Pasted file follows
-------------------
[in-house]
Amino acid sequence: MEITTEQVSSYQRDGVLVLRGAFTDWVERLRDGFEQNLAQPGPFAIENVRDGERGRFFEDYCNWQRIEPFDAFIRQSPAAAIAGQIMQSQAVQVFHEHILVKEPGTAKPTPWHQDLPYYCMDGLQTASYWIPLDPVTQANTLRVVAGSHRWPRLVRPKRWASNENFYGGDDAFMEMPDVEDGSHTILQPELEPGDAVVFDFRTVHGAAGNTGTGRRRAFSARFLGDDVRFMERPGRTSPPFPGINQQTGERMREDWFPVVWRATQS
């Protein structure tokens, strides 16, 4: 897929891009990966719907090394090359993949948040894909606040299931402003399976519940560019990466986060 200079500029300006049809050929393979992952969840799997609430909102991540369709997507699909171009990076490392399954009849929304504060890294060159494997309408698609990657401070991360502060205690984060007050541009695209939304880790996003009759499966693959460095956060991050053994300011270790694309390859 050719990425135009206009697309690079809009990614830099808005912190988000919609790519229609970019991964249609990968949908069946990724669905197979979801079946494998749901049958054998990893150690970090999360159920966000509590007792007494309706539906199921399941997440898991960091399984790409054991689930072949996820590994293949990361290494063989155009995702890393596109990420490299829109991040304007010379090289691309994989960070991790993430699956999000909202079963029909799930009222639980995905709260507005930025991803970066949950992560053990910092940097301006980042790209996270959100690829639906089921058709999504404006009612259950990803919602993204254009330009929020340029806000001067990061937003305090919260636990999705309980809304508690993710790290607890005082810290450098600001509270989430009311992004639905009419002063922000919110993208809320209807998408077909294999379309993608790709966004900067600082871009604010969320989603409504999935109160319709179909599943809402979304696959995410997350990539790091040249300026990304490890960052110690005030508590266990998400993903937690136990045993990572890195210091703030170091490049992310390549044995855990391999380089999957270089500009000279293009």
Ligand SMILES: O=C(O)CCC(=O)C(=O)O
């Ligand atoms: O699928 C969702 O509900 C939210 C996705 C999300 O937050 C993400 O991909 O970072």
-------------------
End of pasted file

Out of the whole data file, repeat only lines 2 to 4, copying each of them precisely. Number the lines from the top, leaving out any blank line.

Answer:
Amino acid sequence: MEITTEQVSSYQRDGVLVLRGAFTDWVERLRDGFEQNLAQPGPFAIENVRDGERGRFFEDYCNWQRIEPFDAFIRQSPAAAIAGQIMQSQAVQVFHEHILVKEPGTAKPTPWHQDLPYYCMDGLQTASYWIPLDPVTQANTLRVVAGSHRWPRLVRPKRWASNENFYGGDDAFMEMPDVEDGSHTILQPELEPGDAVVFDFRTVHGAAGNTGTGRRRAFSARFLGDDVRFMERPGRTSPPFPGINQQTGERMREDWFPVVWRATQS
């Protein structure tokens, strides 16, 4: 897929891009990966719907090394090359993949948040894909606040299931402003399976519940560019990466986060 200079500029300006049809050929393979992952969840799997609430909102991540369709997507699909171009990076490392399954009849929304504060890294060159494997309408698609990657401070991360502060205690984060007050541009695209939304880790996003009759499966693959460095956060991050053994300011270790694309390859 050719990425135009206009697309690079809009990614830099808005912190988000919609790519229609970019991964249609990968949908069946990724669905197979979801079946494998749901049958054998990893150690970090999360159920966000509590007792007494309706539906199921399941997440898991960091399984790409054991689930072949996820590994293949990361290494063989155009995702890393596109990420490299829109991040304007010379090289691309994989960070991790993430699956999000909202079963029909799930009222639980995905709260507005930025991803970066949950992560053990910092940097301006980042790209996270959100690829639906089921058709999504404006009612259950990803919602993204254009330009929020340029806000001067990061937003305090919260636990999705309980809304508690993710790290607890005082810290450098600001509270989430009311992004639905009419002063922000919110993208809320209807998408077909294999379309993608790709966004900067600082871009604010969320989603409504999935109160319709179909599943809402979304696959995410997350990539790091040249300026990304490890960052110690005030508590266990998400993903937690136990045993990572890195210091703030170091490049992310390549044995855990391999380089999957270089500009000279293009």
Ligand SMILES: O=C(O)CCC(=O)C(=O)O